A devoted reader passed along a video of celebrity psychic Thomas John who challenges the Church’s prohibition of his trade by insisting that the Bible was written by psychics and is full of “mediumistic” experiences.
In this video, John was answering a question from a Catholic who asked, “As a Catholic we’re told psychics are not real and that believing in them is not appropriate. How do you feel about that?” (at 15:37mins).
John responds by asking her a series of questions.
First, he asks that if, according to the Church, mediumship and psychics are not good or not real, then why was the bible written by prophets who he claims are psychics?
Actually, John is not alone in confusing the psychic with the prophet. It’s a fairly common mistake.
First of all, while it’s true that God can and does choose to reveal the future to His prophets, authentic prophets know that they must “test the spirits” (1 John 4:1) to determine if their information is coming from God, themselves, or the devil. I don’t know of any psychic who does this.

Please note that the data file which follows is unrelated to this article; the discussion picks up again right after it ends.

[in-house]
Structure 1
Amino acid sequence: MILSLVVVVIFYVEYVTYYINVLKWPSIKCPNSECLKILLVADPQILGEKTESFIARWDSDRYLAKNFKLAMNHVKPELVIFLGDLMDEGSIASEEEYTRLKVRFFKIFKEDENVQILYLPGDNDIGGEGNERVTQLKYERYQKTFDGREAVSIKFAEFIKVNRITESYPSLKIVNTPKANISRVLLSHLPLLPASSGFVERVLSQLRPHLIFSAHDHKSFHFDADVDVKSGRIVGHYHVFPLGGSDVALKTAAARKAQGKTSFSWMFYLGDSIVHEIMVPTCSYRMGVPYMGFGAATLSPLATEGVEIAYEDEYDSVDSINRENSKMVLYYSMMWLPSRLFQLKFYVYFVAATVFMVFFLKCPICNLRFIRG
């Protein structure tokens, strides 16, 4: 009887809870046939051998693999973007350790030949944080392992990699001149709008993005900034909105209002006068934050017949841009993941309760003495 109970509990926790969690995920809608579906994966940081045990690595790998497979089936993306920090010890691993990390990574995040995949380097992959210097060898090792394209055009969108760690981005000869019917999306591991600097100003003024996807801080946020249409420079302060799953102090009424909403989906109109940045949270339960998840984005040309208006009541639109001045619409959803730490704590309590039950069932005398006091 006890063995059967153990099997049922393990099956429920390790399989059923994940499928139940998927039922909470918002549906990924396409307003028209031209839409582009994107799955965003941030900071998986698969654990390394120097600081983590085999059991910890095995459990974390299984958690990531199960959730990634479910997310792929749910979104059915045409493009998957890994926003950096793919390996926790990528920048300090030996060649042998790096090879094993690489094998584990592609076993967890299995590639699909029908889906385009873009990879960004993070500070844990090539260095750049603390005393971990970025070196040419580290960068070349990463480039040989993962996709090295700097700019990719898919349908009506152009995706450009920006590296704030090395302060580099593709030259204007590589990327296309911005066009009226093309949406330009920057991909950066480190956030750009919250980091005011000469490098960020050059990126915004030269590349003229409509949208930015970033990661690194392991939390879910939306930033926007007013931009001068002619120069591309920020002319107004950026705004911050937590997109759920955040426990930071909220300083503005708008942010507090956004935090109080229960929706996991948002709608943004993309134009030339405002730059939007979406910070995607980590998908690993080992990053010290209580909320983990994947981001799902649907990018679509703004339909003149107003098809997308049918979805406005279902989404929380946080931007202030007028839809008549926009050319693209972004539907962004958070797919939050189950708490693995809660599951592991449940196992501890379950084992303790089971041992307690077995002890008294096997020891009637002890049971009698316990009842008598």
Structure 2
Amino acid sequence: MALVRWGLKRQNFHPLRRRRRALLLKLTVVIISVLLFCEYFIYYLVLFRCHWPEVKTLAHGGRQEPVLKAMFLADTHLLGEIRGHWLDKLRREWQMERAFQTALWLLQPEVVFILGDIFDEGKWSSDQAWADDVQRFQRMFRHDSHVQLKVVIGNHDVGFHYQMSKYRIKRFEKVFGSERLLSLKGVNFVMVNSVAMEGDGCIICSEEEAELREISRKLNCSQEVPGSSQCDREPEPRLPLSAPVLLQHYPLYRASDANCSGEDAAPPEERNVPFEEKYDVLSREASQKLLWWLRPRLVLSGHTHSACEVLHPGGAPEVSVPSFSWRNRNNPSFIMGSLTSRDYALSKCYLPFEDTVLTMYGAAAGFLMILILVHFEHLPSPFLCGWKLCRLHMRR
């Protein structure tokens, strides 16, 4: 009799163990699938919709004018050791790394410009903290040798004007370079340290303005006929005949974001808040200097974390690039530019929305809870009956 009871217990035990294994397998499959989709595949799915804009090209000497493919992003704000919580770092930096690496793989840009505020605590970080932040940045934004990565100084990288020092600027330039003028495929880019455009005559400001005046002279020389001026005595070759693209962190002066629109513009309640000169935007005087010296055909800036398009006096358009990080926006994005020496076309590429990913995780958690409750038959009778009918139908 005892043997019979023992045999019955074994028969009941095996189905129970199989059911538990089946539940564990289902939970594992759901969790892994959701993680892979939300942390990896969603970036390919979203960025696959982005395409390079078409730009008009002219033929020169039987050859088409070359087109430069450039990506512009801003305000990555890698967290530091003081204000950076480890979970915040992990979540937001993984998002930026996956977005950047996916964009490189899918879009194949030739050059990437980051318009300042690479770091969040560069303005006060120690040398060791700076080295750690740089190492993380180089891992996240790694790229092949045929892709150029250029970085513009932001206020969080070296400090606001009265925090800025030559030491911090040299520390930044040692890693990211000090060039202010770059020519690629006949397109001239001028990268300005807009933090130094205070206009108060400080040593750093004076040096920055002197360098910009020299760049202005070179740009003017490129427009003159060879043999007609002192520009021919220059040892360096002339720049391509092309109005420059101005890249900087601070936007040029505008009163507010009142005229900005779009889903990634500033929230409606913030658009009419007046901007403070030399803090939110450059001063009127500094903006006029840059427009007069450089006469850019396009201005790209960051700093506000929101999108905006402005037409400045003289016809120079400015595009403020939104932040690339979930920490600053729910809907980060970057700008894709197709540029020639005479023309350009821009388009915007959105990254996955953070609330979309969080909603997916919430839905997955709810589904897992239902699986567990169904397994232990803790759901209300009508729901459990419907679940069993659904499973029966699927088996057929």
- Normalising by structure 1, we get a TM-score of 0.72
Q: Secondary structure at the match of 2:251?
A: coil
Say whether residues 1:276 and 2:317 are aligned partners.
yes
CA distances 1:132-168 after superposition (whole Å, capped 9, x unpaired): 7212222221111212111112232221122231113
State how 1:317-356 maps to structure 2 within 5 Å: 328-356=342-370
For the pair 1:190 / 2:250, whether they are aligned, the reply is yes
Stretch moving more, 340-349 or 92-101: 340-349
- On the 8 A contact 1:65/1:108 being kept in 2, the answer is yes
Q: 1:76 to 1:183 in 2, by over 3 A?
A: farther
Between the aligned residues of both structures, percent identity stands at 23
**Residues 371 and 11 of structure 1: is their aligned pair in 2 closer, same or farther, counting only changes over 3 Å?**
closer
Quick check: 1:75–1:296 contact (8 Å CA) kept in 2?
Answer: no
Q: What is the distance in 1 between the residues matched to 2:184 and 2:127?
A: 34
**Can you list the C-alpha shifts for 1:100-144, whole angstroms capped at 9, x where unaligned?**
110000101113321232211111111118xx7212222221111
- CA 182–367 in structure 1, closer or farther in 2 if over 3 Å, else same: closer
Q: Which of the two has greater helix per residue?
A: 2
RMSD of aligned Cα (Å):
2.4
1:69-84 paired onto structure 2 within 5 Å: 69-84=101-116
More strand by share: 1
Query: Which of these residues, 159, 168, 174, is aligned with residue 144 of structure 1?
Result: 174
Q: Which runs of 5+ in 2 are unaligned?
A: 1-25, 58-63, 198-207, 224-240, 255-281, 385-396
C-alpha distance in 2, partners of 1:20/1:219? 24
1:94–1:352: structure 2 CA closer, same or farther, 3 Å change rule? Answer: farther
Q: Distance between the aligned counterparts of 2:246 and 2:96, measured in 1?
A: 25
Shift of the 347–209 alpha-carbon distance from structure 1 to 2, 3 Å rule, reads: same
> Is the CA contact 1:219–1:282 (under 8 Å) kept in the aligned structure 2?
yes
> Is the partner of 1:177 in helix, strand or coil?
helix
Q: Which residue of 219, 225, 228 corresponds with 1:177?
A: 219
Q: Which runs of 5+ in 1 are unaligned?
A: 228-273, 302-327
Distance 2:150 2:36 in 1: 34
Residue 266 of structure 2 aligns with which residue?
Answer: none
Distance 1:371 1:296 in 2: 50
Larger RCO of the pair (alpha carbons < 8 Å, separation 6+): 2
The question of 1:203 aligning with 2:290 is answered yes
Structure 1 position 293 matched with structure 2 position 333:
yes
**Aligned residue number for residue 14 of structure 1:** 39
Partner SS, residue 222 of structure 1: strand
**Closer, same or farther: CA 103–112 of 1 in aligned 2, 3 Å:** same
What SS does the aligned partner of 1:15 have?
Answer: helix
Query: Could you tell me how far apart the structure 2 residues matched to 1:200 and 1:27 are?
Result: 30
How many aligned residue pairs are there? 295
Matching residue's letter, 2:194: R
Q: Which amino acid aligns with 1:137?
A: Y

Second, while both the prophet and the psychic can make correct predictions about the future, only the prophet is getting their information from God. How do we know this? Because, according to Scripture, God considers psychics/mediums to be “abominations” (see Deuteronomy 18:10). For this reason, God would never contradict Himself by consorting with one. This is how we know that whatever information a psychic is getting is either coming from themselves (through hot or cold reading) or from demonic entities.
Third, we can be sure that the Bible came from God through prophets just by looking at the “numbers.” For example, the Bible was written by at least 40 different authors over the period of 2700 years and yet there are more than 300 precise prophecies about Jesus Christ written in the Old Testament that were fulfilled in the New Testament. To say that this continuity occurred by chance is statistically impossible. Not only does this confirm its authenticity as a work of a Superior Being working through prophets over a period of thousands of years, but the fact that this revealed Word became the basis of a religion that revolutionized civilization is hardly the fruit of a bad tree.